Last month’s news of Abercrombie & Fitch and Forever 21 announced the phased closing of their stores in Central and Causeway Bay as a response to a mainland retail slump in Hong Kong.  Surprisingly, this morsel of November news was paired with Alibaba’s outrageous “11.11 Singles Day” retail results and the launch of Tmall.hk.

Commercial retail space is not getting any more affordable in Hong Kong – this is supported by independent statistics and the surprising amount of untenanted space. Even our government is in the process of studying the development of underground retail spaces –  intended to allow new players to the retail scene with hopefully more affordable rent in exchange for sunlight.

Originally, the premise behind large stores was to make the retail shopping experience convenient for consumers – multiple products under one roof. Globally, this convenience is now replaced by online and mobile shopping especially in countries with copious amounts of land area.


Looking at local numbers, there is no doubt that online retail is growing faster than in-store retail in Hong Kong. From the chart, a key observation is that online sales has more than doubled between 2011 and 2016 versus offline sales being steady to declining. In a city like HK with minimal space, love of shopping and a 87% smartphone2 penetration rate, what does this signal for the retail sector in HK from a merchant and consumer perspective?

At the Tmall.hk launch, “Alibaba said the festival’s (Single’s Day 11.11) arrival in Hong Kong was also intended to “test the waters” for its global expansion that might one day compete head to head against US rival Amazon.”3

Putting aside the specifics of the statement, let’s consider the fact – a rather large and successful online retailer decides to use a city of roughly 7.5 million people (on a good day everyone is shopping) to test their global expansion strategy.

How should small retailers respond to this data?

The face and strategy of offline retail needs to change in light of increasing rents and consumer behaviour – co-work spaces4 have done it for real estate, why not retail? It’s about a business being able to adapt, innovate and maintain resilience throughout its life-cycle.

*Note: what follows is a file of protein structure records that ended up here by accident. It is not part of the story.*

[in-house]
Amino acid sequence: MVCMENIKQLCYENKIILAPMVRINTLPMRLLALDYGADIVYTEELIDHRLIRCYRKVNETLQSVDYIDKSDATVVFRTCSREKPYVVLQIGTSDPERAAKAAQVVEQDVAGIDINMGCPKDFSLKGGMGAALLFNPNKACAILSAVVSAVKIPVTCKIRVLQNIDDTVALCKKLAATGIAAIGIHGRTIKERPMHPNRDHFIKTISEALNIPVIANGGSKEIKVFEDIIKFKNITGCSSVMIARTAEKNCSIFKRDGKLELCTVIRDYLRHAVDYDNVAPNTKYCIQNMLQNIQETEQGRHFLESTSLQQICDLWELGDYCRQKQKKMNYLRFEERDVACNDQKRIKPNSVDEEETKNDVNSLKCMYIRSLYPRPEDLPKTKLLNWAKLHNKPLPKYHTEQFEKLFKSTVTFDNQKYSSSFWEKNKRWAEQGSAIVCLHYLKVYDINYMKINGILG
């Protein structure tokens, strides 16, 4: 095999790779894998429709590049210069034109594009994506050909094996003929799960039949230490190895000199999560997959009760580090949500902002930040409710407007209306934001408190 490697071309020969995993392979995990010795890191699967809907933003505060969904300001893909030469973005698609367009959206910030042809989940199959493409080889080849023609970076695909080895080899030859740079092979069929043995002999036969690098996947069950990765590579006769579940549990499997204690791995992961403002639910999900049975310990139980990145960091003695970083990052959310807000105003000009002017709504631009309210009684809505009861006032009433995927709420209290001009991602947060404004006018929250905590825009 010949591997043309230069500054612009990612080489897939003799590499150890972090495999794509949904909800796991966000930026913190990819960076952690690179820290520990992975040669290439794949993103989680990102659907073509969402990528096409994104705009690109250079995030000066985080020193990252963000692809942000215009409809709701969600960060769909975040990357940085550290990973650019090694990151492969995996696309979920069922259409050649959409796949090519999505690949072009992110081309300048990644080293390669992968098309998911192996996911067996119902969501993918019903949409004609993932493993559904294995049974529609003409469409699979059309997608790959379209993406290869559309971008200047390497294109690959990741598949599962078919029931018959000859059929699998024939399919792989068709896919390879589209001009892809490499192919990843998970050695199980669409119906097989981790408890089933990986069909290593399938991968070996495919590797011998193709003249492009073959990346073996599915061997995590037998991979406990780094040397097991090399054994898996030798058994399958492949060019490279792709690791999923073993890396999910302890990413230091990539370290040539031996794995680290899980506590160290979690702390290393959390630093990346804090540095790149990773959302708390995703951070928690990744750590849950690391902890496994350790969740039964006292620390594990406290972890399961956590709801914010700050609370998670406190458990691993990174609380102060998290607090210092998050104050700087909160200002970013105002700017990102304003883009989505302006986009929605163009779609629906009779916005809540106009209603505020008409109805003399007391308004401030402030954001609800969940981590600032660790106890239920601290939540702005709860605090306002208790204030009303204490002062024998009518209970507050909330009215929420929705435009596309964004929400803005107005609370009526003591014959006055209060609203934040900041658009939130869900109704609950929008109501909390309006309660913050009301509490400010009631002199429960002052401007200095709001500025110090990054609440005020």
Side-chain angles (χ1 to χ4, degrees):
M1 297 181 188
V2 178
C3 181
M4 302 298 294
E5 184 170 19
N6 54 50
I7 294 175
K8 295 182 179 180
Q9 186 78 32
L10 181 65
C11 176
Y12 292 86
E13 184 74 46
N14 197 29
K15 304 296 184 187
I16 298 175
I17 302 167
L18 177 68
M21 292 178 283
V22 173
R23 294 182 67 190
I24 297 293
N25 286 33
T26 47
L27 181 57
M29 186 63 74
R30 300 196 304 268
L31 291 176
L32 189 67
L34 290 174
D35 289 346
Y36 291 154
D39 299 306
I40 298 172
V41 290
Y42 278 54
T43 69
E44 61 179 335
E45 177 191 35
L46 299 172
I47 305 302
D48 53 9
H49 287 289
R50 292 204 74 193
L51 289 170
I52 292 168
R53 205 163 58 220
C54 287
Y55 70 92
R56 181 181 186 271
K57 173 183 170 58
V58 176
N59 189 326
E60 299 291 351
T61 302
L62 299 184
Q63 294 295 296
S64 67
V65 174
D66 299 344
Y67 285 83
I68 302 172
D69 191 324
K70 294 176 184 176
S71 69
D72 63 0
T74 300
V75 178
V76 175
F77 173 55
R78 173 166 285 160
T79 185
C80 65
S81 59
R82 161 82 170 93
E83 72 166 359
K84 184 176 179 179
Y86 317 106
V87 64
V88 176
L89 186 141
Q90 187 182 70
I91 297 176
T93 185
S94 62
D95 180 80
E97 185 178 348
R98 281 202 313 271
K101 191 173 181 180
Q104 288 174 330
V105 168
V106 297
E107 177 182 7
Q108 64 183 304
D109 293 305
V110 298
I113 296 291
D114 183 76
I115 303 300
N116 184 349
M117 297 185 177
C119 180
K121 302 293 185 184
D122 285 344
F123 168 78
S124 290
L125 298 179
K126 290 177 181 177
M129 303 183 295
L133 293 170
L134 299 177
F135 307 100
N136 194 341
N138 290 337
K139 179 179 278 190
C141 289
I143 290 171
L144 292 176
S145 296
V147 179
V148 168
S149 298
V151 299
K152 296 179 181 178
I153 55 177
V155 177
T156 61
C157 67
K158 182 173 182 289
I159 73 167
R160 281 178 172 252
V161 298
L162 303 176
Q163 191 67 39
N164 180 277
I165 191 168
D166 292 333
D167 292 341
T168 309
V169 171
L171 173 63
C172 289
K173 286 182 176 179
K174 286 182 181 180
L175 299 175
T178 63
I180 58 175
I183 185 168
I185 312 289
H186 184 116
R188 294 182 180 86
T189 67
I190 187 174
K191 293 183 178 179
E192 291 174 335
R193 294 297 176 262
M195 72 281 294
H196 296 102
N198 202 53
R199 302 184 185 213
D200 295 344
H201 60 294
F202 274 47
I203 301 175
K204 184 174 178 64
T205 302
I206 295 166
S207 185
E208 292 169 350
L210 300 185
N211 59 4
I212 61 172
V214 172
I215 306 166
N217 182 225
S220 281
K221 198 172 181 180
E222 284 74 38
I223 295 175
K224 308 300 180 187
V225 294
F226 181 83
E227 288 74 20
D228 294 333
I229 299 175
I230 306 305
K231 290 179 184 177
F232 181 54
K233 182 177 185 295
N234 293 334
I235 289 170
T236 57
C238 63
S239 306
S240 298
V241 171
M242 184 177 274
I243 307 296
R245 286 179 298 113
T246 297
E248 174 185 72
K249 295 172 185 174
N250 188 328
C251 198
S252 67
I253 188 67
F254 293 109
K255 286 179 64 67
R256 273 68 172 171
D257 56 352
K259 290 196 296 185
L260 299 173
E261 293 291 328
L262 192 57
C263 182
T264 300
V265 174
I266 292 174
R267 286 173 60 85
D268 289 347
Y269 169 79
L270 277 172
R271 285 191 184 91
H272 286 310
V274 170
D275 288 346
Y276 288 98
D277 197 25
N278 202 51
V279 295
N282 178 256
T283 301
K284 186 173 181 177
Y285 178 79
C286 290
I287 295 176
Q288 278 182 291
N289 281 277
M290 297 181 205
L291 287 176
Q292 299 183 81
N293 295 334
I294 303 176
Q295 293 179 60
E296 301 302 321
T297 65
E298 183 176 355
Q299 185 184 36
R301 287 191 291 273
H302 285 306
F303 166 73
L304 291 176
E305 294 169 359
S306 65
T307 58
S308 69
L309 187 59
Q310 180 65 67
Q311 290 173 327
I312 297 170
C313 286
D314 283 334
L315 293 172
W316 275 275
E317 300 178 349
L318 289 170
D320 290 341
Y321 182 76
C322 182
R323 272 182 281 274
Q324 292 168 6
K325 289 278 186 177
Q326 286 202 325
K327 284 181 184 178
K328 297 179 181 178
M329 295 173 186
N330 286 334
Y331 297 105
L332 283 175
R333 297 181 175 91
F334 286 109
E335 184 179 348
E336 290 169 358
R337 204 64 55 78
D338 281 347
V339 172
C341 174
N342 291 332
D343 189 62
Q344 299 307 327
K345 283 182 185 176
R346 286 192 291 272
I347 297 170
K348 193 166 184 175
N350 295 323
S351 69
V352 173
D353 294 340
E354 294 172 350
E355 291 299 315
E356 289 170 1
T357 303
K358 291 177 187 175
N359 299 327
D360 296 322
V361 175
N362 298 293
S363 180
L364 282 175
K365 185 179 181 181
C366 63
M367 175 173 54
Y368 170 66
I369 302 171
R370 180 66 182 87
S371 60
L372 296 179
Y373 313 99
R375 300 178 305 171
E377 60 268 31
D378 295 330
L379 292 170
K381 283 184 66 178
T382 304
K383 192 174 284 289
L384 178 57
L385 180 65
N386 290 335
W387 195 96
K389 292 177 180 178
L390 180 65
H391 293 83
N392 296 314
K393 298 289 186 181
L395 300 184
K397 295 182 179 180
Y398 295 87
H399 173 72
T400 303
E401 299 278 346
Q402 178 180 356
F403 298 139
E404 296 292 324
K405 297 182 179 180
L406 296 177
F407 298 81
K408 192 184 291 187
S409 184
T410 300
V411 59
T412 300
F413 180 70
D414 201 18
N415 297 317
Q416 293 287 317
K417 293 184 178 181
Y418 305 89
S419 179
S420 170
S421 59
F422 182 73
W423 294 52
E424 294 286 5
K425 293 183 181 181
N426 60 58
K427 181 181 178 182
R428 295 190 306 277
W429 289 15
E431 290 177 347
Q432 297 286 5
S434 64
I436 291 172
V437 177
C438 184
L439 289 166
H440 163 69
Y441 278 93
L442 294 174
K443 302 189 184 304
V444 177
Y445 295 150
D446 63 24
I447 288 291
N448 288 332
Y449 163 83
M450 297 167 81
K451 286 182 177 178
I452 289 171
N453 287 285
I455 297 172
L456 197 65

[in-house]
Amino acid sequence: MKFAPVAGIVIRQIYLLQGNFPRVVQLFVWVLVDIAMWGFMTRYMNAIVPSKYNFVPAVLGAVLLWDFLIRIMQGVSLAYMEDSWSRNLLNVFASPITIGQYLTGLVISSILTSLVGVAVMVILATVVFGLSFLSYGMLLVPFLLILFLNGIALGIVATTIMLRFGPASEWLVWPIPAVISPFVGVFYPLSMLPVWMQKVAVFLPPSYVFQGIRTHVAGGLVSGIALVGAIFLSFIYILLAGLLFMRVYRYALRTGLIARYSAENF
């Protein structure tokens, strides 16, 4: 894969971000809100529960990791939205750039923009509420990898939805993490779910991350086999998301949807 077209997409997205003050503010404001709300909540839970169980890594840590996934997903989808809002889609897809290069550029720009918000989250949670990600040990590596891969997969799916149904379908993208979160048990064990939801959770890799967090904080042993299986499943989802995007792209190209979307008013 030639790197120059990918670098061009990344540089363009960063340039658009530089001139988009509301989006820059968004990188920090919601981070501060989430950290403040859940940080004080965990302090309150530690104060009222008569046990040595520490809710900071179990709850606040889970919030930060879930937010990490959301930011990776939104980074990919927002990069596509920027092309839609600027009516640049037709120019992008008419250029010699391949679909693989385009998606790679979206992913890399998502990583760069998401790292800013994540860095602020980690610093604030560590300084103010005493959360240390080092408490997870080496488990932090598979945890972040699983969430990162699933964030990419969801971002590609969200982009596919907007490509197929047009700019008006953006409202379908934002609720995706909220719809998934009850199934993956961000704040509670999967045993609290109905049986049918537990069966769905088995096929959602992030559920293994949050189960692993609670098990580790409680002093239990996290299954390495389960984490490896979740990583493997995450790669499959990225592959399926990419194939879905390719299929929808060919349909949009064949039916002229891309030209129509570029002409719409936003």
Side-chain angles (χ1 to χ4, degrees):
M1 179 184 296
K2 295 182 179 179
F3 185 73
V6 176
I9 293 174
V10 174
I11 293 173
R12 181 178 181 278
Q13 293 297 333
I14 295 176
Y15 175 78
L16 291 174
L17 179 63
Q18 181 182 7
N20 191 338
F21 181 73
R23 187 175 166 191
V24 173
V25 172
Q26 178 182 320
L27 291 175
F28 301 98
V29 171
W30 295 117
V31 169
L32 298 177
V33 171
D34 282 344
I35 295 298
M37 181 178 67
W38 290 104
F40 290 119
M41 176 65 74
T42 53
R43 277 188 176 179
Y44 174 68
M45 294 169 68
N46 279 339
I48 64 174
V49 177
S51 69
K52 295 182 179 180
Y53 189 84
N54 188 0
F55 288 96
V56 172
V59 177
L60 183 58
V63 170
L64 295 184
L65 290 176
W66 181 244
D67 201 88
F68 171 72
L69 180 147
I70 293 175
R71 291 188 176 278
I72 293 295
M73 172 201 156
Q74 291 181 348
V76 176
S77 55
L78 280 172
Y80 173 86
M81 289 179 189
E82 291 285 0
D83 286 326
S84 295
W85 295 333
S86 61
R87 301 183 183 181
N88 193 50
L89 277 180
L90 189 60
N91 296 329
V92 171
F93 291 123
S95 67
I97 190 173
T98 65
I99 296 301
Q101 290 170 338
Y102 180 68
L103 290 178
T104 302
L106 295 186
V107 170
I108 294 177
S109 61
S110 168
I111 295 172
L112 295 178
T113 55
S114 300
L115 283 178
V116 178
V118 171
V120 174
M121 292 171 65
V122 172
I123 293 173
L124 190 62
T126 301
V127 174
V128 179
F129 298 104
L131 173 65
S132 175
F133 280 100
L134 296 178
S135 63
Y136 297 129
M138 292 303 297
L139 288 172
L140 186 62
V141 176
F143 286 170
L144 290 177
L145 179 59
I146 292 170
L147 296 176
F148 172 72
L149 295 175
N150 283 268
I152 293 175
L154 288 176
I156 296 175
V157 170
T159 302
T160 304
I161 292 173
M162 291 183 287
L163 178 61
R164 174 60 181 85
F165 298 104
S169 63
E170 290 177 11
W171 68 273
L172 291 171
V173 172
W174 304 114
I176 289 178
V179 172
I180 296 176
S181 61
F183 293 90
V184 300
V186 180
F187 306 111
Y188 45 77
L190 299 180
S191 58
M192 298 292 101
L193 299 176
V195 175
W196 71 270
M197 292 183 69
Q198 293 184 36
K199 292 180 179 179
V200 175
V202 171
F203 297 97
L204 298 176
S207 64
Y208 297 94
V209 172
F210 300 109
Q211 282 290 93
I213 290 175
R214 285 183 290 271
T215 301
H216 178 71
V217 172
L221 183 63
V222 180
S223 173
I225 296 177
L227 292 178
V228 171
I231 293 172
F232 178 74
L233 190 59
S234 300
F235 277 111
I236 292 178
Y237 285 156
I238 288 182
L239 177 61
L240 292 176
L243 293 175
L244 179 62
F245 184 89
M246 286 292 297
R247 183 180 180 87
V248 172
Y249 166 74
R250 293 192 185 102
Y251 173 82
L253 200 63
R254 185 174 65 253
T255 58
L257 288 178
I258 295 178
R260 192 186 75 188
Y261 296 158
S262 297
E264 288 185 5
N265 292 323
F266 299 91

Some additional food for thought:

  • In what way(s) is your retail business looking beyond HK towards regional/global?
  • How to leverage existing retail infrastructure for pop-up stores + effective social media marketing?
  • Is your infrastructure (tech, entity, supply chain) ready to scale/pivot?
  • Are the next generation of offline retail (non-grocery) stores going to be display only showrooms (low to zero inventory) solely dedicated to immersive consumer experience with sales made online via tablet/mobile being routed to a central stock warehouse which dispatches the product directly to the customer and delivered by the time they arrive home?
  • Is there space for a secondary marketplace here in HK like https://2.taobao.com/?
  • Early days yet, but what does technology like virtual reality mean for retailers and consumers?

Enough from me – over to you.


– Adrian


Adrian Lai,  Managing Director of Cornerstone HK. Passion for challenging the community to find smarter, leaner, scalable ways to solve business and social problems.

1 Data retrieved from Euromonitor Passport – HK Central Public Library
2 http://www.investhk.gov.hk/zh-cn/files/2015/05/2015.05-digital-marketing-en.pdf
3 http://www.scmp.com/tech/e-commerce/article/2038790/alibaba-brings-1111-festival-shopping-hong-kong-global-expansion
4 Garage Society has opened a new location at Sai Ying Pun that has a retail element; The Wave in Kowloon Bay has a monstrous space available for pop-up style markets and collective exhibitions.